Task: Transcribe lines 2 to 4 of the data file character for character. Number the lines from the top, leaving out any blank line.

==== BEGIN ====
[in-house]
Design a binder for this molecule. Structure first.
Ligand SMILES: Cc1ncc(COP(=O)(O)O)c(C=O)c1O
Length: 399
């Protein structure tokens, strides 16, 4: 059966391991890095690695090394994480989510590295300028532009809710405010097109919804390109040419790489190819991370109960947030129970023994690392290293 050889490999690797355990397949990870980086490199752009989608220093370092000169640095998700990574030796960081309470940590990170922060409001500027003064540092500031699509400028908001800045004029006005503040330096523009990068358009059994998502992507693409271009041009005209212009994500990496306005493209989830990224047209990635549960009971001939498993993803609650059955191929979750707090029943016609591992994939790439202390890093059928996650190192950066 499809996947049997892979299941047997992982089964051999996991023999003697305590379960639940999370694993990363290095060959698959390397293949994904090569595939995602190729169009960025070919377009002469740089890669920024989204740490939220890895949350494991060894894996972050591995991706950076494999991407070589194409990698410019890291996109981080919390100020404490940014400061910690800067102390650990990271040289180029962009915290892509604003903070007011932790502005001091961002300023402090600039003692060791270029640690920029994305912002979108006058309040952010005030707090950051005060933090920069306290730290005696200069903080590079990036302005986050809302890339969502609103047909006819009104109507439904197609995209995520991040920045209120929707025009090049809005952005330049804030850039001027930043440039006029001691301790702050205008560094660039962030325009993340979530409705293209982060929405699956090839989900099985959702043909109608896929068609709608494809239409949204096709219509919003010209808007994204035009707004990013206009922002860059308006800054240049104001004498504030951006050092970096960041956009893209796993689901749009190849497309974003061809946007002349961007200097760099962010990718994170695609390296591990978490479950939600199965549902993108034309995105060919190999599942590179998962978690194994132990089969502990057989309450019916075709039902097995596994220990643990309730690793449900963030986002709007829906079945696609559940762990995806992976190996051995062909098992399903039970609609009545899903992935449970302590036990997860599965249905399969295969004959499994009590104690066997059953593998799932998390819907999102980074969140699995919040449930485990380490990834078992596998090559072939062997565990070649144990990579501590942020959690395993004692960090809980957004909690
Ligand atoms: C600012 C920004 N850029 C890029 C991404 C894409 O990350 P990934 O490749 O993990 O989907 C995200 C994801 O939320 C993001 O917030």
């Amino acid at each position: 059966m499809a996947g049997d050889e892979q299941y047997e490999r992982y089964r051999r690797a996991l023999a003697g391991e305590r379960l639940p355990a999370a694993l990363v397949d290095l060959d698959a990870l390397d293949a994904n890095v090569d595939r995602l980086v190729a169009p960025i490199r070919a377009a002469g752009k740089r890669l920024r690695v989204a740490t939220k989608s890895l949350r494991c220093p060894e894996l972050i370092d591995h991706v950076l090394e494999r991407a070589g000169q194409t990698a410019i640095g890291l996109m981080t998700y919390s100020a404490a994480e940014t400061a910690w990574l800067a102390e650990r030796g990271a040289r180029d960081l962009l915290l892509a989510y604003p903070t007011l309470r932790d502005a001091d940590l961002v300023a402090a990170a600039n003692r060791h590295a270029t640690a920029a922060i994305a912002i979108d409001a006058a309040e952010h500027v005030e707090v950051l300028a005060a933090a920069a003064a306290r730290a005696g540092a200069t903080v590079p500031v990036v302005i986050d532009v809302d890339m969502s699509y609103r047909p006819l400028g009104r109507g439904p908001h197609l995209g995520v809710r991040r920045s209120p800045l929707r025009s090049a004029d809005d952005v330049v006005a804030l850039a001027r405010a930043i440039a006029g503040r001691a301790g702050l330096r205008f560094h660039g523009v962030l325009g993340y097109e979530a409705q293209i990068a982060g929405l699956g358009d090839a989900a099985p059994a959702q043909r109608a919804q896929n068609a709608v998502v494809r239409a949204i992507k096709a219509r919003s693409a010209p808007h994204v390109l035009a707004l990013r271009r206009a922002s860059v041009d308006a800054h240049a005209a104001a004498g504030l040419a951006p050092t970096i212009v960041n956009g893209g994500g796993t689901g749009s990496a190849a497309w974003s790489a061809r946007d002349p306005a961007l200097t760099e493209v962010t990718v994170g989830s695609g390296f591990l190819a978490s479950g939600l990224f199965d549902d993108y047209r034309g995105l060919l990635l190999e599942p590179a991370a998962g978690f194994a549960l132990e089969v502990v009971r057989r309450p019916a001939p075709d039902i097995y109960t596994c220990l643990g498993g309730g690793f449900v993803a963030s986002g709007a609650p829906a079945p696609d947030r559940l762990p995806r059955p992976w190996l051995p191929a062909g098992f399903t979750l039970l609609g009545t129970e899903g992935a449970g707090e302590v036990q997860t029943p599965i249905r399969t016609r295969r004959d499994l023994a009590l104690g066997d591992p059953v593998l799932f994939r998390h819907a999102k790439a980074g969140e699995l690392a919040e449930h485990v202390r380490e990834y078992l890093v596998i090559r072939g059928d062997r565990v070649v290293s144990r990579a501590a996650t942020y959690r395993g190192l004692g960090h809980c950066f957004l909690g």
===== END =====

Design a binder for this molecule. Structure first.
Ligand SMILES: Cc1ncc(COP(=O)(O)O)c(C=O)c1O
Length: 399